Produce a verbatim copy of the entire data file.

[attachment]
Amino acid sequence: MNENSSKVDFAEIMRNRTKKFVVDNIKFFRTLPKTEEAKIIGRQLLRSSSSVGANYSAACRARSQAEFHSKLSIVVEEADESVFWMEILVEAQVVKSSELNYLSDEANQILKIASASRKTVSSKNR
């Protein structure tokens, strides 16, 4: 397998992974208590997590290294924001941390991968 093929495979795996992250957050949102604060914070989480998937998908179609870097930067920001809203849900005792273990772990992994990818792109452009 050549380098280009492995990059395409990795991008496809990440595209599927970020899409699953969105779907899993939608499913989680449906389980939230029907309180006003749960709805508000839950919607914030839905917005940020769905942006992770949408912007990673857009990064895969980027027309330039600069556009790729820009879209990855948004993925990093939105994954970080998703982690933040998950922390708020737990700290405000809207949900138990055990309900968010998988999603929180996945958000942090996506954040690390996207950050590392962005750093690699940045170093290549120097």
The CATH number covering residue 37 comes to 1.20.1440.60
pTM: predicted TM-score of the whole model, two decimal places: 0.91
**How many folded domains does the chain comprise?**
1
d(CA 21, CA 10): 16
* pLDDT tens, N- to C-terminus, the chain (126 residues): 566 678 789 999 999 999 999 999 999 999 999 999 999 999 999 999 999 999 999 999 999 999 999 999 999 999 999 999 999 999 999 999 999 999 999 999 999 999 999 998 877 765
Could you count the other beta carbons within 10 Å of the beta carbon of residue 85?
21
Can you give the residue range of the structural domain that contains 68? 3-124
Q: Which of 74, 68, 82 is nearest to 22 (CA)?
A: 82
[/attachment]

Amino acid sequence: MNENSSKVDFAEIMRNRTKKFVVDNIKFFRTLPKTEEAKIIGRQLLRSSSSVGANYSAACRARSQAEFHSKLSIVVEEADESVFWMEILVEAQVVKSSELNYLSDEANQILKIASASRKTVSSKNR
């Protein structure tokens, strides 16, 4: 397998992974208590997590290294924001941390991968 093929495979795996992250957050949102604060914070989480998937998908179609870097930067920001809203849900005792273990772990992994990818792109452009 050549380098280009492995990059395409990795991008496809990440595209599927970020899409699953969105779907899993939608499913989680449906389980939230029907309180006003749960709805508000839950919607914030839905917005940020769905942006992770949408912007990673857009990064895969980027027309330039600069556009790729820009879209990855948004993925990093939105994954970080998703982690933040998950922390708020737990700290405000809207949900138990055990309900968010998988999603929180996945958000942090996506954040690390996207950050590392962005750093690699940045170093290549120097």
The CATH number covering residue 37 comes to 1.20.1440.60
pTM: predicted TM-score of the whole model, two decimal places: 0.91
**How many folded domains does the chain comprise?**
1
d(CA 21, CA 10): 16
* pLDDT tens, N- to C-terminus, the chain (126 residues): 566 678 789 999 999 999 999 999 999 999 999 999 999 999 999 999 999 999 999 999 999 999 999 999 999 999 999 999 999 999 999 999 999 999 999 999 999 999 999 998 877 765
Could you count the other beta carbons within 10 Å of the beta carbon of residue 85?
21
Can you give the residue range of the structural domain that contains 68? 3-124
Q: Which of 74, 68, 82 is nearest to 22 (CA)?
A: 82